Sudden appearance of earwigs in the house can take you aback. And these pincher bugs look very scary.
Earwigs are harmless bugs. But that doesn’t mean you should let them sneak inside your home.
In this guide, you’ll find what causes earwigs in your home. You’ll learn how earwigs get in your house by exploiting the entry points that are there in your home right now.
Plus, there are proven methods in this guide that will tell you how to get rid of earwigs and to stop these creepy crawlies from entering your home.
What are Earwigs?
Earwigs, also known as pincher bugs, are unique looking bugs.
If you notice, you’ll find the lower half of their body resembling a silverfish, the midriff of a roach, and its head is like that of a grasshopper but brown.
They are a quarter of an inch to an inch long, and they are a mix of black or brown. They have two antennae on its head, and their legs are visible.
Some earwigs can fly, but most don’t.
The two prominent pinchers at the end of its body make earwigs look menacing.
These pinchers are for its self-defense, and they use it often against other insects or preys.
Earwigs look scary. Some people think that earwigs belong to the scorpion family and they are poisonous.
Let’s be very clear about this. Earwig is neither a scorpion nor poisonous.
Earwigs don’t pose any threat to you either. Earwigs are more of a garden bug rather than a home bug. But they also enter your home if your home provides an ideal living condition for them.
Later in the post, we will tell you what kind of damages they can do to your garden, but to your home, they’re not as dangerous as termites, roaches, or bed bugs.
But that doesn’t mean you should let them live inside your home.
Further down the post, we’ll also tell you what you can do to stop earwigs from entering your home.
Where Do Earwigs Come From In Your House?
Earwigs in house are quite a nuisance. But they’re not indoor bugs.
Earwigs are outdoor or garden bugs. In your garden, they have perfect living conditions, especially if you live in hot and humid weather.
They don’t prefer to enter your house unless the weather outside is inclement for them.
Earwigs come into your home from your yard or garden. They sneak into your home through any breaks or cracks on your walls or doors.
Earwigs love damp places. They live under stones, blocks of rotting wood, piles of leaves, or under the mulch.
But why earwigs enter your home?
When temperatures and humidity drop, earwigs enter your home to seek warmth and moisture. That’s when you encounter these scary looking bugs.
Bathroom, damp basement, kitchen, and laundry rooms are the common places where earwigs hide. These places are wet and humid, and they provide them the warmth they need.
5 Ways Earwigs Get In Your House?
Now that you know where earwigs come from and why, let’s take a look how they enter your home.
Earwigs get inside your home in any one the five following ways –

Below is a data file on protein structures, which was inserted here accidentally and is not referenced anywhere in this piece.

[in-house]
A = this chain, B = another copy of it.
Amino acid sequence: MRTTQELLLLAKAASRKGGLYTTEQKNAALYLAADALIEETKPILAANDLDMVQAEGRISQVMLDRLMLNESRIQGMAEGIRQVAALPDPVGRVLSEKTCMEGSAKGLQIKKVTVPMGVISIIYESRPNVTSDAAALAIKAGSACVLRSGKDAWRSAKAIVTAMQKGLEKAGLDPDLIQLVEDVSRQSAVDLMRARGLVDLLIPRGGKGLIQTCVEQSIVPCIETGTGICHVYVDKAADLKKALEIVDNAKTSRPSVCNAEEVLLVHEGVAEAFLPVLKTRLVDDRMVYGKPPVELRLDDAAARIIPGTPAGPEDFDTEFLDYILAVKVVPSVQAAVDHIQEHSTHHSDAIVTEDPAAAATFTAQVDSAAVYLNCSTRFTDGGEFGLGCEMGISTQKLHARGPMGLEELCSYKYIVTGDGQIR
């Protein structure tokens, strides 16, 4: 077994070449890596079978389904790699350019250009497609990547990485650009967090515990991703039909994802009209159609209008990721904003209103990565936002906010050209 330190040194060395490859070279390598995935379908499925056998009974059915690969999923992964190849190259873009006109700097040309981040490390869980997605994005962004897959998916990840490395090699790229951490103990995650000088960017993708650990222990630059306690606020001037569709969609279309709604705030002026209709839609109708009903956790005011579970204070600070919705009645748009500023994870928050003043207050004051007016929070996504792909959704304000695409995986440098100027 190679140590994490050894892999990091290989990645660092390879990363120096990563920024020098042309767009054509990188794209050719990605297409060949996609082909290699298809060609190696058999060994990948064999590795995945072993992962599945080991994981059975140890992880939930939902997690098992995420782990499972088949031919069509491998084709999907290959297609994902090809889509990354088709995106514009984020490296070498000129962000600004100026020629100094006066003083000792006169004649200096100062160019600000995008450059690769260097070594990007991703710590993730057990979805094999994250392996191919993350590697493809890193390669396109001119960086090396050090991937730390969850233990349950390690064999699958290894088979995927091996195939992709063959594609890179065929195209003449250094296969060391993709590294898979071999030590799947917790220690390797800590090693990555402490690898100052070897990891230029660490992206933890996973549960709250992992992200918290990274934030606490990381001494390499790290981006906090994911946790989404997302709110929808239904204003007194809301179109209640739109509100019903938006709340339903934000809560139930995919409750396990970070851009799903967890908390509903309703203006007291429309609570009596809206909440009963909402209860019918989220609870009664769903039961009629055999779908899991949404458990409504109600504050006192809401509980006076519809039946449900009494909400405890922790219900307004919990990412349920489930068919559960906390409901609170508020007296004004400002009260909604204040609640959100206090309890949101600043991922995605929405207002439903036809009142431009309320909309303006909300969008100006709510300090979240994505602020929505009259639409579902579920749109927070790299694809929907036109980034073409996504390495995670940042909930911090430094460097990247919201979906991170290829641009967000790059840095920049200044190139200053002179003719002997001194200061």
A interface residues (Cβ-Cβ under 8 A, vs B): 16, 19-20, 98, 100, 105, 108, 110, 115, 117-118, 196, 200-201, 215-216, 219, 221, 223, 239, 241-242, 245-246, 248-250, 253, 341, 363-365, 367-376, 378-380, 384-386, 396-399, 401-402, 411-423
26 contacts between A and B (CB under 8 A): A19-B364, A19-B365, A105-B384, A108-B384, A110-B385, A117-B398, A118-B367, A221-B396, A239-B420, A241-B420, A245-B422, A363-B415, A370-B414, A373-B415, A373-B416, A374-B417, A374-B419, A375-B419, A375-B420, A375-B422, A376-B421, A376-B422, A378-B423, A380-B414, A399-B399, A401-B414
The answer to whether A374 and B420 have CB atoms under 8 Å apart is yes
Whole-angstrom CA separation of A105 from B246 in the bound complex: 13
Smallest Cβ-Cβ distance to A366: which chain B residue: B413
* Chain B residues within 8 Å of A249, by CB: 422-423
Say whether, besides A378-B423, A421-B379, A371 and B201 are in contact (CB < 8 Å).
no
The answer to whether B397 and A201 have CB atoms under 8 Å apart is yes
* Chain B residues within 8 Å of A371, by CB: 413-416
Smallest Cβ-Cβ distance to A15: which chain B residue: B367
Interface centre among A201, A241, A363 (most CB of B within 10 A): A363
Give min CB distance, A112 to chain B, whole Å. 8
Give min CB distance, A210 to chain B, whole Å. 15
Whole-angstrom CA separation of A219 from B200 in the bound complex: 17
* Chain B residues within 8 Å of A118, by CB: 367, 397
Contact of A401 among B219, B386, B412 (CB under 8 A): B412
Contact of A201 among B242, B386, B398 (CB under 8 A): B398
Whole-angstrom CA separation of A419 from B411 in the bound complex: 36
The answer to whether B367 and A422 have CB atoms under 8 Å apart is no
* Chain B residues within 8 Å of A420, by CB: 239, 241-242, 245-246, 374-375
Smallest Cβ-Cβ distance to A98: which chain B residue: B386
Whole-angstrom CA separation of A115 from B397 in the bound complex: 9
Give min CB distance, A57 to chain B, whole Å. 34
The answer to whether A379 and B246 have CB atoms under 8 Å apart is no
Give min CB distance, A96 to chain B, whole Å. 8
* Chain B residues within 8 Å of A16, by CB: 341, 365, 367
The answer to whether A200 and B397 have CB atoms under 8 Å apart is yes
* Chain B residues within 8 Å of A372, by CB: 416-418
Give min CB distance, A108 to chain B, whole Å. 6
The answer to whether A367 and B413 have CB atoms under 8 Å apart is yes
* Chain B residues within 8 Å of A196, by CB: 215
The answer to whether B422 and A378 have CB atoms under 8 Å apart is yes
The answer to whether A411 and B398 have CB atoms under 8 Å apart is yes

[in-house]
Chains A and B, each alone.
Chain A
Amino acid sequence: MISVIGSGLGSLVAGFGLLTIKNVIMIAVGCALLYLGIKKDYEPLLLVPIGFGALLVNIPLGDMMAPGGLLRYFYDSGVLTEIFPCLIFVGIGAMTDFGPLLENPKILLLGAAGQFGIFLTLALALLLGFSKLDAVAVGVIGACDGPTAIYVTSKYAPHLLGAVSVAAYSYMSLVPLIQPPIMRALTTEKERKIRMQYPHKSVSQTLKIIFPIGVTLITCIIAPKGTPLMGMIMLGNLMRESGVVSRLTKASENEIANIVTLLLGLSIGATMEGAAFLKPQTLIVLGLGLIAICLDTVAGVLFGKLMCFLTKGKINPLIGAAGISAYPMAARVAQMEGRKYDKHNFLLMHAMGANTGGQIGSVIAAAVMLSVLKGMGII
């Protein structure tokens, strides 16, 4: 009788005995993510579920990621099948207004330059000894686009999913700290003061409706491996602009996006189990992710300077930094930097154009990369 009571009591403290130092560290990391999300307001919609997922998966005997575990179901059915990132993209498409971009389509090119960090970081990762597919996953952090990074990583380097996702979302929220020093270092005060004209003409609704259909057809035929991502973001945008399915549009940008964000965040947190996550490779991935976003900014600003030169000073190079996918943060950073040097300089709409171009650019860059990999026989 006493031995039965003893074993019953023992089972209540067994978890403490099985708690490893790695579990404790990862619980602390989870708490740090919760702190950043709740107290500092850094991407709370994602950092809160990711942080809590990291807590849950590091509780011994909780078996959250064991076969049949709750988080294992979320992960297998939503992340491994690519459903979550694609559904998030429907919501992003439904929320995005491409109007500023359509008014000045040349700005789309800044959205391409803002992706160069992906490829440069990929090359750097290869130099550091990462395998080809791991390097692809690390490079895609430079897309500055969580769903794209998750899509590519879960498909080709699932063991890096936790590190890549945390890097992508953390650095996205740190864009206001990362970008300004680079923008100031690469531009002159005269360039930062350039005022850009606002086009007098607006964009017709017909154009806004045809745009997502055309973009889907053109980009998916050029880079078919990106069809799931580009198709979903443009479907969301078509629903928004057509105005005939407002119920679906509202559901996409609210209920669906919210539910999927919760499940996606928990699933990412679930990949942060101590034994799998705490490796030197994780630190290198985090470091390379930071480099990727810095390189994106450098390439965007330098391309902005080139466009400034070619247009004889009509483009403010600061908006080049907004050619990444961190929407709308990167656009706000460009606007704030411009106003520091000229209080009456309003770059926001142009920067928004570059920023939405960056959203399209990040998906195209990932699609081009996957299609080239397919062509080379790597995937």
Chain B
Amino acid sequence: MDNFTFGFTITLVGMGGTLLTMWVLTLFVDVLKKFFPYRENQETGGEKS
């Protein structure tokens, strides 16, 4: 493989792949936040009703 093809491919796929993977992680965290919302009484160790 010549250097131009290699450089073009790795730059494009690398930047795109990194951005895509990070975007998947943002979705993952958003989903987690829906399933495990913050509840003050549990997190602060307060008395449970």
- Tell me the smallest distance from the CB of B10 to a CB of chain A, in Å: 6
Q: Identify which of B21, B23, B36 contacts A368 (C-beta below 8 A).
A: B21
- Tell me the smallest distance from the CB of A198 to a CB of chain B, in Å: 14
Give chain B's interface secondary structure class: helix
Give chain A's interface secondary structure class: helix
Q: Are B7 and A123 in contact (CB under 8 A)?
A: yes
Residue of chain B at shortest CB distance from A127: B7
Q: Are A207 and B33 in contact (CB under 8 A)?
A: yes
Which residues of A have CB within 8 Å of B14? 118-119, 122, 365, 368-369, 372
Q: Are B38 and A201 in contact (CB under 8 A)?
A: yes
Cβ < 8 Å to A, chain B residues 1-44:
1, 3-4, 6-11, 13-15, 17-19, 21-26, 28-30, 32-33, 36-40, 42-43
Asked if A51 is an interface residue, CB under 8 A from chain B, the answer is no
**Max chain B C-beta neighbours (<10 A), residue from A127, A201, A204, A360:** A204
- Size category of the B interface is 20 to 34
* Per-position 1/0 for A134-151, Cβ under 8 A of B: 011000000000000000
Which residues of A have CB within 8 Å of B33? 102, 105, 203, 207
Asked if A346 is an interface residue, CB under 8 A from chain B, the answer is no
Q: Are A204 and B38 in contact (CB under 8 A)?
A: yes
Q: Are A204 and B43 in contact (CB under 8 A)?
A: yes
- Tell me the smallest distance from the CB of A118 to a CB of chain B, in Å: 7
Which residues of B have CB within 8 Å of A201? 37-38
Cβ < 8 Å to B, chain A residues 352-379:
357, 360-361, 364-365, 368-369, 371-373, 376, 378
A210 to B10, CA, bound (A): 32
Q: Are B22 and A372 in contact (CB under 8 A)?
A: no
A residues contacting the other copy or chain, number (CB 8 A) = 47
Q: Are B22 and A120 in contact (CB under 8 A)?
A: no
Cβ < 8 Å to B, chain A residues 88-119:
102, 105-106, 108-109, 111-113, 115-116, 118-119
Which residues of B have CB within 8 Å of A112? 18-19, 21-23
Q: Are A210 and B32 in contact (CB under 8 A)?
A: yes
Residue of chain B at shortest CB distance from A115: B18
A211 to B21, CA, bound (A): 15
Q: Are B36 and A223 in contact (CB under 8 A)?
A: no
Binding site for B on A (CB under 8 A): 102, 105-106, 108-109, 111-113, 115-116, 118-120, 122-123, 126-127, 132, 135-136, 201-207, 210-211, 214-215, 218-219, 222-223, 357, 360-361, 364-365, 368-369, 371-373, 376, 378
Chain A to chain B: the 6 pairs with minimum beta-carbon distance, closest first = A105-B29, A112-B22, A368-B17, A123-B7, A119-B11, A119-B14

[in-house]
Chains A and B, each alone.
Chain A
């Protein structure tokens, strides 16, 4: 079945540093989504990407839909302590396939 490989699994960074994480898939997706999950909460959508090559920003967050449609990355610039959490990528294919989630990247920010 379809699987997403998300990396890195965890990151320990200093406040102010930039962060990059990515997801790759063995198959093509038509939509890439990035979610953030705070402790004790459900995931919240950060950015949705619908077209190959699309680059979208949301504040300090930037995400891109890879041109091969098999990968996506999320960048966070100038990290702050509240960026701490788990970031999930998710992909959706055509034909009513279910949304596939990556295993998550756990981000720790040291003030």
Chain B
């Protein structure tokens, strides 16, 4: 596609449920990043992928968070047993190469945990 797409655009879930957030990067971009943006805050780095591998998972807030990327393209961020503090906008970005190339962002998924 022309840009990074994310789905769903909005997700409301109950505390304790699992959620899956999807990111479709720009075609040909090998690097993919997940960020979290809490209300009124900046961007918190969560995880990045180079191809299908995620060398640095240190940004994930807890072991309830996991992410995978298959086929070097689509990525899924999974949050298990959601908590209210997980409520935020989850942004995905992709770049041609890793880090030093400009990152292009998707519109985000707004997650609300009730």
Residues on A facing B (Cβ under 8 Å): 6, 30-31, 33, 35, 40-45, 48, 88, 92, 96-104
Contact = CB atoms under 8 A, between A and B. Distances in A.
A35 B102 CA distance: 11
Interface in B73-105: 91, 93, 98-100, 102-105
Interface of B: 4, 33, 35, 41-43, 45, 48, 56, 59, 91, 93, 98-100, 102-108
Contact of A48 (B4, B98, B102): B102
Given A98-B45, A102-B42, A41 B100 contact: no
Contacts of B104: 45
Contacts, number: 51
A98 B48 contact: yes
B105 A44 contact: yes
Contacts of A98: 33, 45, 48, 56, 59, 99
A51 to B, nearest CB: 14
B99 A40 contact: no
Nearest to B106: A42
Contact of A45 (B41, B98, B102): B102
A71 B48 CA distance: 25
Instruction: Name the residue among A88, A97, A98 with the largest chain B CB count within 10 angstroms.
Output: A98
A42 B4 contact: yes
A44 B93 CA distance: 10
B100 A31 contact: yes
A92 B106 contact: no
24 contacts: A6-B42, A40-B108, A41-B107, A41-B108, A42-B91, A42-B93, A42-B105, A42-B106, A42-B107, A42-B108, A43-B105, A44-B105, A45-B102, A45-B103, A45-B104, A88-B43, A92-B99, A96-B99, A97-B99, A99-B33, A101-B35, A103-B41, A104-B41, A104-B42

- Cracks and crevices on your home’s walls and foundation.
- Open doors and windows.
- Lights attract earwigs. So, a glowing light bulb can attract earwigs to your home.
- Earwigs can be present in the flowerpots and plants that you move inside your home.
- Earwigs can also be present in the stuff that you bring in home like boxes and firewood
What Earwigs Eat Inside Your Home?
Though most of the food source for earwigs is outside your home, they feed on other insects and on your food waste inside your home.
You’re likely to find earwigs in your kitchen, besides your kitchen trash can or underneath the kitchen sink.
Outside your home, in your yard or garden, earwigs eat flowers, leaves, and other bugs.
What Attracts Earwigs?
If earwigs prefer to live outside of your home, then why earwigs get in your house?
The first reason is when the weather outside is inhospitable for them.
If it’s too hot, too wet or cold, earwigs will move inside homes. That’s why earwigs, especially in southern and southwestern United States, invade homes at the beginning of autumn.
The second thing that attracts earwigs is the bright light coming out of your home.
Earwigs are nocturnal insects. Bright lights attract earwigs to your homes, especially the LED lights.
Attracted by bright lights, earwigs can easily sneak into your home through the cracks and crevices on the walls and through open windows and doors.
Earwigs can easily squeeze their bodies, so getting inside your home from underneath the doors and windows is easy for them.
Once inside your home, earwigs will look for places where they can hide and where they can get moisture.
The third thing is water leakage inside your home. It can be anything – from a broken gutter to water leakages in your kitchen, basement, or bathroom. Wet wood also attracts earwigs.
Earwigs also enter your home when you bring them inside, unintentionally.
Just like pantry pests, earwigs can enter your home through cardboard boxes, packaged products, or by merely sneaking into your camping or hiking bag.
What Are The Signs Of Earwig Infestation?
Inside your home, there’s no sign of earwig infestation. Yes, you read it right.